Now history’s set to repeat itself as Verizon and AT&T are planning early 5G network launches for 2018, with Inseego devices likely to be amongst the very first options for home and mobile 5G service. We’re [working] engineer-to-engineer [with them] as the technology’s being rolled out. Ashish Sharma: We’ll cover all the different bands. Mondor: There are two options. It will be significantly more than what LTE is able to offer today… And [carriers will be] bringing a lot of the big pipe to the edge and also reducing the latency. VentureBeat: So have you figured out a solution? Your current top mobile hotspot has 24-hour battery life for 4G. This is literally the design and the design tradeoffs, relative to the technology, and the physical form factor. VentureBeat: Will you have hardware in time for Verizon’s initial 5G deployments, or will you be in the second wave? And quite frankly, we don’t want exclusives, because we want to be able to sell our technology to other service providers.
If you don’t recognize the name Inseego, that’s probably because the company’s popular wireless hotspots and home modems have been sold for years under the MiFi and Novatel names. Back when Verizon was rolling out the first 4G/LTE network, I relied on a MiFi to give my laptop, tablet, and 3G phone considerably faster data speeds when I was traveling on business.
Now history’s set to repeat itself as Verizon and AT&T are planning early 5G network launches for 2018, with Inseego devices likely to be amongst the very first options for home and mobile 5G service. I spoke with Inseego CEO Dan Mondor and CMO Ashish Sharma to learn what we can expect from the first consumer 5G devices, and this quote from Dan Mondor sums up the discussion neatly:
“I can’t put enough supers: Super-super-super exciting. This is the first true mobile broadband wireless technology. What it can do, not only on the consumer side of things, but also industrial IoT applications, with the bandwidth, and ultra-low latency… Think about autonomous vehicles, and other such applications. Throughput alone isn’t the determining factor.”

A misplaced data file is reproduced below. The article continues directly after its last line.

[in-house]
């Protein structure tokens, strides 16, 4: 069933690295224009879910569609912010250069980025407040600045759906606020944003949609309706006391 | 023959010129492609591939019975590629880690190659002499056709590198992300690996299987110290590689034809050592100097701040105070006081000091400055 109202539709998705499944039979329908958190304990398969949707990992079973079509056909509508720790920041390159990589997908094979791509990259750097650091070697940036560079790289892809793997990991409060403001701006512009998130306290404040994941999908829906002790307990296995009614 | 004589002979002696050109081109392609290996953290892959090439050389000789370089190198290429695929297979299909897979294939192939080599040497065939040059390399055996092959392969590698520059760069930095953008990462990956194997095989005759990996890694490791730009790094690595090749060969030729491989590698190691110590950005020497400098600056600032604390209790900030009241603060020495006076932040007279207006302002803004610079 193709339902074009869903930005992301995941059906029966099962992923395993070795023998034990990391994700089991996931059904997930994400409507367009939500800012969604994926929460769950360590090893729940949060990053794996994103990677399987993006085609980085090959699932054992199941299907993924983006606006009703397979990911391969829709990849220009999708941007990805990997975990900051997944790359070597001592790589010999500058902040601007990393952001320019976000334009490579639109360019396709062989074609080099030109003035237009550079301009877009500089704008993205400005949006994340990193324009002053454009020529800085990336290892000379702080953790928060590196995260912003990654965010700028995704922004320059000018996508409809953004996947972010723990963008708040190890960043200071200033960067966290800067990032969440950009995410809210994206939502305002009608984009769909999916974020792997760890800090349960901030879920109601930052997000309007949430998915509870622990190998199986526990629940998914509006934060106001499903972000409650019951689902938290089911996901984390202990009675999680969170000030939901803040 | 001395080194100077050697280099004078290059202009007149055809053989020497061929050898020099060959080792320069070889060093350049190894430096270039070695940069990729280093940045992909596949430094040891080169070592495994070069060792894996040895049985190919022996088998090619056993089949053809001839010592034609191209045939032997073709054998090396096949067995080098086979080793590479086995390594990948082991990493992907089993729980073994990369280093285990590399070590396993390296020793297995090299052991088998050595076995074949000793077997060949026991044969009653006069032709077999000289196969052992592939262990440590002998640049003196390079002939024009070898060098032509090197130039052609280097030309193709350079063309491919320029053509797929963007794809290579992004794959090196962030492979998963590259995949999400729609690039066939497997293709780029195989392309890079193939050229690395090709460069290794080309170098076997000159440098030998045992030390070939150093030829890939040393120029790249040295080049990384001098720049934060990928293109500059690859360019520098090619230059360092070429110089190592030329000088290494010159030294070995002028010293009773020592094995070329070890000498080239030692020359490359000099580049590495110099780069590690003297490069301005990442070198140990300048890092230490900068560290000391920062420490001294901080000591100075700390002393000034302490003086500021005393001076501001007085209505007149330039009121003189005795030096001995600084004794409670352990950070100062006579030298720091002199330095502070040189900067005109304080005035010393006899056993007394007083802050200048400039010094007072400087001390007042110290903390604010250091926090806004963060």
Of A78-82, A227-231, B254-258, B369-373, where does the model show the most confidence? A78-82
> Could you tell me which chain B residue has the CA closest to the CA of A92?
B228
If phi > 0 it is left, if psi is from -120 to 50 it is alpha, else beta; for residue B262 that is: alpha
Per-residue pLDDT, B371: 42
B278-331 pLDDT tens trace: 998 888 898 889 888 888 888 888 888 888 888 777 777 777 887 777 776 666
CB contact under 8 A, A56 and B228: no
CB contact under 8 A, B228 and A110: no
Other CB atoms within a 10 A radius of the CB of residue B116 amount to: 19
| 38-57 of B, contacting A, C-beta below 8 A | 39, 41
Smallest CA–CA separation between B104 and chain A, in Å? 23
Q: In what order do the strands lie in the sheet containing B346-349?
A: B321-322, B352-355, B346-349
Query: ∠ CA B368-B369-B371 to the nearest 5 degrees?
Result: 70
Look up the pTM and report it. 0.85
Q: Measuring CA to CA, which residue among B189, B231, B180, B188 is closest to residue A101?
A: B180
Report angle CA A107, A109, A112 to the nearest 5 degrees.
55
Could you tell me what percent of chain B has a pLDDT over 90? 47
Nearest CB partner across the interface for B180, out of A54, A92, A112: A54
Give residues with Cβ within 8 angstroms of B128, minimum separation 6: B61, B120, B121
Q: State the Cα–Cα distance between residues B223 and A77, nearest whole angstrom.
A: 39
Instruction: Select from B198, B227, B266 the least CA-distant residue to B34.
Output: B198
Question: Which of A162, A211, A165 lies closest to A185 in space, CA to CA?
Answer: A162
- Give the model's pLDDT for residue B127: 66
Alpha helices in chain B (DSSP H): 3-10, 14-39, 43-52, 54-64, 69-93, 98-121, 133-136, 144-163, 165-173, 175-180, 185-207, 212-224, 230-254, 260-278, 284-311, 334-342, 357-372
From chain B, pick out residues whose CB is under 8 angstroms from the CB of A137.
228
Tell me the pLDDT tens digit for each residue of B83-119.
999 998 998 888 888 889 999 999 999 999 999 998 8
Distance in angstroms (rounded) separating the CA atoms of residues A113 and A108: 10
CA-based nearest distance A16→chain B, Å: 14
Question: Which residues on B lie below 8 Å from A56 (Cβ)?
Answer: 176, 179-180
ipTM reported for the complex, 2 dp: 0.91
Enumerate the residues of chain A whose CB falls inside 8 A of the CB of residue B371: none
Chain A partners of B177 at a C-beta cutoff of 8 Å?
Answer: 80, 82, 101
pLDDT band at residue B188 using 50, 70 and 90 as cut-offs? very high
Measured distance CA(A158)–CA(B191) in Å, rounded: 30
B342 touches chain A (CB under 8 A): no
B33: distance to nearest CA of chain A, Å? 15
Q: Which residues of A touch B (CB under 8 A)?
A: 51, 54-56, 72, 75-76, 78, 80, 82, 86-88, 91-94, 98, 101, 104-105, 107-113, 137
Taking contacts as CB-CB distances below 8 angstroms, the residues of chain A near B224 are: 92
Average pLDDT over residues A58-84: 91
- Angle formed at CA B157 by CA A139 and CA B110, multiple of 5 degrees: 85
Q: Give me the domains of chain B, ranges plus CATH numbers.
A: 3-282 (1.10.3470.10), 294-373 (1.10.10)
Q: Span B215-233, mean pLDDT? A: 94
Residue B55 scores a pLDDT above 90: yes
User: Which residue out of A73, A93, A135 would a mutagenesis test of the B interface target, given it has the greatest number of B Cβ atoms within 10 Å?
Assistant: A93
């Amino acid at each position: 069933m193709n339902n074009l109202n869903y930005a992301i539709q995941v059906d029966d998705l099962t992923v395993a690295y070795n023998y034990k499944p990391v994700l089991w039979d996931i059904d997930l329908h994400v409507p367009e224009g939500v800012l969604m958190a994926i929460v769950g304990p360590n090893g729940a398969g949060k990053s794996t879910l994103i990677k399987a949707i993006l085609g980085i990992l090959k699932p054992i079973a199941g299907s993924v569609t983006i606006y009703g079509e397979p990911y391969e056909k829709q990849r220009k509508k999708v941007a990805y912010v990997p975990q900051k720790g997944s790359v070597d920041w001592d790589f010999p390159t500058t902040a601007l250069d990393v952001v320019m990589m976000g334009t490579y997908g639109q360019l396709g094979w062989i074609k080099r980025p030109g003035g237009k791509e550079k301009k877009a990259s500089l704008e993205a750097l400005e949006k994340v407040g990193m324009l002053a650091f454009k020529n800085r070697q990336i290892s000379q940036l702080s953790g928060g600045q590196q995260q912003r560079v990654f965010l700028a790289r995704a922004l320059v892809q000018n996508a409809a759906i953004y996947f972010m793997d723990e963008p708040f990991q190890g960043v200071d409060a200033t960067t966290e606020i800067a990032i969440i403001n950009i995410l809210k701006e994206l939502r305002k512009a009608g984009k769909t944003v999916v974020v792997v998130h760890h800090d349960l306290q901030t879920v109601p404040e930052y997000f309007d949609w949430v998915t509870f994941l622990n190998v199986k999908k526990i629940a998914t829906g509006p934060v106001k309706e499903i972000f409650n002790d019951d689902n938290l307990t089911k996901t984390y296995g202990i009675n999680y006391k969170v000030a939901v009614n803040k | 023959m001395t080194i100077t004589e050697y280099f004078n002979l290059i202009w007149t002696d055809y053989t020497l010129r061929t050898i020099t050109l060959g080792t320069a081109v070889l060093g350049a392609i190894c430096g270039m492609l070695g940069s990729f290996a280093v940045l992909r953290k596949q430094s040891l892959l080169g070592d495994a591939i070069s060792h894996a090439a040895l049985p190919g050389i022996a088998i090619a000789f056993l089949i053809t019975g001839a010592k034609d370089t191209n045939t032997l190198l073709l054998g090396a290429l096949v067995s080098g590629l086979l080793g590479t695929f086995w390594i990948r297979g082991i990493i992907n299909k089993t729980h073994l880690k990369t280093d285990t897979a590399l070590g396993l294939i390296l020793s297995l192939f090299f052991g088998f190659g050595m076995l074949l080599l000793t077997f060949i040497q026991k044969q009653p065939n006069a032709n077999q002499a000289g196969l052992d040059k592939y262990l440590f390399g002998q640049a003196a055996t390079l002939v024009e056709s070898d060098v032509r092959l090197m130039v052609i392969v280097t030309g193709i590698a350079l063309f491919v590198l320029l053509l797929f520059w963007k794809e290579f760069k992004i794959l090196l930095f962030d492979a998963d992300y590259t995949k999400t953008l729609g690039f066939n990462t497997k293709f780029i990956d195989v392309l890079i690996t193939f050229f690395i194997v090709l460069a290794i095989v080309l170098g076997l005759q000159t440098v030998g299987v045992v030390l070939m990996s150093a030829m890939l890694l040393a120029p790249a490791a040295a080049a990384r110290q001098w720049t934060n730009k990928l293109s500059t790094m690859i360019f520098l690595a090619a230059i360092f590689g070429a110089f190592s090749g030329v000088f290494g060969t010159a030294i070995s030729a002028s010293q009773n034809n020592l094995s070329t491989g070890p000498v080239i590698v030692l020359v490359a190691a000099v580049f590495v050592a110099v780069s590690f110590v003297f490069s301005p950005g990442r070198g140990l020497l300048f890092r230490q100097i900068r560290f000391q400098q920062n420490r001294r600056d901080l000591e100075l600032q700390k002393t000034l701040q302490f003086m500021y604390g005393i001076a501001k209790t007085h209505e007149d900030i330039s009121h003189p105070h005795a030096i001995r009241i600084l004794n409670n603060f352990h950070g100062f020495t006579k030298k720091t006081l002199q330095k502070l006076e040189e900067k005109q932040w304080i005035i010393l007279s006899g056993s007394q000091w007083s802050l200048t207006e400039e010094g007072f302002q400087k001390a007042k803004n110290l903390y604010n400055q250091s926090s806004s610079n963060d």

Fast speeds, incredible responsiveness, and wireless devices everywhere are going to be the hallmarks of 5G as it spreads across the world. Here’s an edited transcript of our interview.
VentureBeat: So where is Inseego in the 5G hardware development process? You’re going to be using Qualcomm X50 chips, right?
Dan Mondor: It’s real, it’s happening, and we’re going to participate in some of the initial commercial trials this year. We’d certainly expect to see it ramp up in 2019.
5G’s a freight train: It’s very big and moving very fast. We do have the technical competency at Inseego, having really done every first-generation of the new standard technologies — 2G, 3G, 4G. So we have incredible RF, antenna and modem technology capability, and we have a very close partnership with Qualcomm, who are literally across the street from us. We’re [working] engineer-to-engineer [with them] as the technology’s being rolled out.
We’re going to be introducing both a fixed modem — home gateway router product with 5G — as well as a mobile technology. I dislike the term “hotspot,” but we’ll go with that.
VentureBeat: What radio spectrum will your fixed 5G (home/office) hardware operate on? Millimeter wave? Midband?
Ashish Sharma: We’ll cover all the different bands. We’re starting out with the more commonly accepted bands, and that does cover millimeter wave. But as the spectrum gets allocated and our customers finalize their band requirements, we’re looking to have a solution that covers all the key global bands. We’re still evaluating what goes into the solution from a sub-6Ghz band, but there will be a mix of both.
VentureBeat: If you’re setting up a 5G modem in a home, are there any concerns about antenna positioning and strength? Will your hardware be only inside, or outside?
Mondor: There are two options. One is an entirely in-home solution, with a very pleasing, compact form factor, CP (customer premises) device as well as antenna, and the other is essentially just a slight modification on top of a bracket for outside-the-home mounting.
VentureBeat: How’s it going to compare to a FIOS install, visually?
Mondor: You might be imagining something a little more inelegant and large than what our design is. The CP device, you might think of as a large soup can size. And the antenna doesn’t look like a dead spider upside down. Think of a very elegant full form factor that might be two large soup cans in height on end. It’s not a beast.
We’ve been asked to do it in white, so it fits with contemporary home decor. Don’t picture some ugly hot water tank-looking thing. Think of rounded lines, not squares and sharp angles. It’s very rounded, something you could easily put on your bookshelf. It’s not some nasty thing.
Sharma: It’s a totally new design. This is where our expertise comes…